As a life-long fan of the character, Warren Beatty had trailed a Dick Tracy concept around the studios since the 1970s (and he's still at it). For those not in the know, it was a comic strip that began in the Detroit Mirror in the 1930s. Coming off the back of the "golden age" of American gangsterism, pitting a tough-but-honest detective against larger-than-life villains, Dick Tracy has been in continuous print for over 80 years. His box office outing in 1990 came shortly after Tim Burton's Batman sent cinema goers bananas. At the time, you couldn't move for Batmania - but more of that another time. Beatty and Disney hoped Dick Tracy would have a similar impact, and they tried to make a splash with the sorts of promotional tie-ins Batman had. It didn't do anywhere near as well, though the film itself was okay. Nor was it a fantastic hit for the Genesis/MegaDrive, despite Sega giving their interpretation a release in Japan and Europe, and a Master System port. And that's a shame, because it's good.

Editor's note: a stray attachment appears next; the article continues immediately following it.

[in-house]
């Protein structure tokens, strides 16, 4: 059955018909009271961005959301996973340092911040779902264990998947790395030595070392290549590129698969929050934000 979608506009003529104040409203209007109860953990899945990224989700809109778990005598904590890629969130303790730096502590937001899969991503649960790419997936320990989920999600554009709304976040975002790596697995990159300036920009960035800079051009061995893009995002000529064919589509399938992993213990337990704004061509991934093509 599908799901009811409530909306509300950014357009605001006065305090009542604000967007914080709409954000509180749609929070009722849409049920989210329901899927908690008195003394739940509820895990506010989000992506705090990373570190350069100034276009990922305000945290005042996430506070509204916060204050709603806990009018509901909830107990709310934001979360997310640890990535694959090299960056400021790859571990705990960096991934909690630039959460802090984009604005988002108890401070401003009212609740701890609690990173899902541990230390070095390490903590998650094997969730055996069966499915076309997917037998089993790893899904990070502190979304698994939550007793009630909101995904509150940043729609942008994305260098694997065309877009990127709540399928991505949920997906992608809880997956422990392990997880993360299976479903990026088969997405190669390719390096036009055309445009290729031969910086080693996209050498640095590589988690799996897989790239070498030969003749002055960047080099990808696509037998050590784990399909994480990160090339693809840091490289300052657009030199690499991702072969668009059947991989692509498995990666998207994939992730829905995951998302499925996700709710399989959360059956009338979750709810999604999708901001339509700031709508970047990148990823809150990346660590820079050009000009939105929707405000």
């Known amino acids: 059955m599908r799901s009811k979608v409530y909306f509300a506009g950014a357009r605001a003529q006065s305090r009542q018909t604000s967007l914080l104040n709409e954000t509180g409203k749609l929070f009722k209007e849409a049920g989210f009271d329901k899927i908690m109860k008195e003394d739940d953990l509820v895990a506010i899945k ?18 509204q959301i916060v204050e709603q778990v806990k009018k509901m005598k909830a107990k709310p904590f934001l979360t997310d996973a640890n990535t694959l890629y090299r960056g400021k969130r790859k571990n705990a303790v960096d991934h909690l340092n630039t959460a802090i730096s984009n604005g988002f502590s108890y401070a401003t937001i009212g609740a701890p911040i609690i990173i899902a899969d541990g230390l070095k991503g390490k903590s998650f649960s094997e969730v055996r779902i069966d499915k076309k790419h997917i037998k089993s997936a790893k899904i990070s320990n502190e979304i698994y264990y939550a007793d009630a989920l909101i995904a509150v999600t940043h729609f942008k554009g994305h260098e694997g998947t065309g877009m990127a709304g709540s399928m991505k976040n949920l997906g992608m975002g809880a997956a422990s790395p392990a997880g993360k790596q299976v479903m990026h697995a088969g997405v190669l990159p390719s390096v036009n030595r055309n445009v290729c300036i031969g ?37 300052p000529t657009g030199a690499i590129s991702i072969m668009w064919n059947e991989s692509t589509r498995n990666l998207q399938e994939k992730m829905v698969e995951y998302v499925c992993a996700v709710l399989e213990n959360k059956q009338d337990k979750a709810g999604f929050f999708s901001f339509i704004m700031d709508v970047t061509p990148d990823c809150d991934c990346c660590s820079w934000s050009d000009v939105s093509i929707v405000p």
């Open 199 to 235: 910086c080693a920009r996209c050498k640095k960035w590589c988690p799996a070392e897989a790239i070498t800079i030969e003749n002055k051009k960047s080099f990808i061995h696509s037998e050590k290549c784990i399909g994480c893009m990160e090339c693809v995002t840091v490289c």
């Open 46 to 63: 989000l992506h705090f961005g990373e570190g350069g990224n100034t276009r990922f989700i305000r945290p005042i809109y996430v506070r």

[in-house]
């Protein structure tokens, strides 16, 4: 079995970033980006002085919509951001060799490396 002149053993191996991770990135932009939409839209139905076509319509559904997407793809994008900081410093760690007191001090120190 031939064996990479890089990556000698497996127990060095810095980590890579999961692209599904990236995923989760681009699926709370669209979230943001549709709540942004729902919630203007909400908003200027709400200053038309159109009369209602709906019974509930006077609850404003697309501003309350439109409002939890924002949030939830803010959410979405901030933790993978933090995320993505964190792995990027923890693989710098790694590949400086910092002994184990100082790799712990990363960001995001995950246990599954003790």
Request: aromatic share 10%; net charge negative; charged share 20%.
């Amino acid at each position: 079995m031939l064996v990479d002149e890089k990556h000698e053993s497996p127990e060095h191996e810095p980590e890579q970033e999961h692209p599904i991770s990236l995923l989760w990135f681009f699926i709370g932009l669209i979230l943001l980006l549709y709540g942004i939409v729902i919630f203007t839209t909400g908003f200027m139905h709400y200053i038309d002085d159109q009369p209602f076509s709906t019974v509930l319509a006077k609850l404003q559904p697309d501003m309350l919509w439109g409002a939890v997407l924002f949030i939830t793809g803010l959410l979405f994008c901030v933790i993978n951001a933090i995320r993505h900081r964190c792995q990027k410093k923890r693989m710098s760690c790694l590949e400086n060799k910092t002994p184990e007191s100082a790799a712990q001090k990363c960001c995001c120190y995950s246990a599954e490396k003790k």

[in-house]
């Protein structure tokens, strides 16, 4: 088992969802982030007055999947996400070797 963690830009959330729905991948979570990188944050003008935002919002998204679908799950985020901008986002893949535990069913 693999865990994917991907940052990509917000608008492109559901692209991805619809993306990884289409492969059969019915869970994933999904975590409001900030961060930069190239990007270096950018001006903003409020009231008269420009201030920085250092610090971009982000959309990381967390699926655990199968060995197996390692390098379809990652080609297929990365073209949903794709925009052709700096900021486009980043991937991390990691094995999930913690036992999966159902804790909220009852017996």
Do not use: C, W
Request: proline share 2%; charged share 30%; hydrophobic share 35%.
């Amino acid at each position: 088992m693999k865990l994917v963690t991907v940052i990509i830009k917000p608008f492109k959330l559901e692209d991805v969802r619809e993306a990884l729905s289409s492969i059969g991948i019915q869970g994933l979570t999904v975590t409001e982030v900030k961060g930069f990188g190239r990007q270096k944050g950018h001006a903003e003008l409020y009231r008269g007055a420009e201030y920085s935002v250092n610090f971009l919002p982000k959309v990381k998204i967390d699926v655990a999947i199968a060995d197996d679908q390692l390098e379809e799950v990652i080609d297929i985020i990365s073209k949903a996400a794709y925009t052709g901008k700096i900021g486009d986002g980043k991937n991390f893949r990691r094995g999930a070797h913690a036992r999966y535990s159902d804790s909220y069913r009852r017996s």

As you might have gathered, the end of the level sees you squaring up against a boss. Here, Big Boy's minions from the film take their turn to get killed. These take the form of background shooting as well, and tend not to be terribly onerous once you get the hang of things. That is, until you get to Flattop and then Big Boy himself. It's not that they're difficult - the time limit can be punishing.
There is something very arcadey about Dick Tracy meaning it wouldn't look out of place in, well, an arcade. The graphics are well-drawn and follows the aesthetic of the film faithfully. The music is so-so, which is to be expected as North American developers didn't know what to do with the sound hardware, but on the whole it's a fun and well-crafted experience. Plus it has the bonus of not featuring the annoying Kid of the movie.
Coming back to the two play fields that were "accessed" simultaneously, this might have been the first appearance of such in a 2D side-scroller. As it worked well here (and it was received positively by contemporary critics), it is unusual that it didn't make a repeat appearance in later titles. As with Atomic Robo-Kid, also for the Genesis/MegaDrive, Dick Tracy attempts to inject something new into what was already a tired and highly-standardised game format. In this case the gameplay innovation was a fun addition, but that did not prevent it from being something of an evolutionary dead end.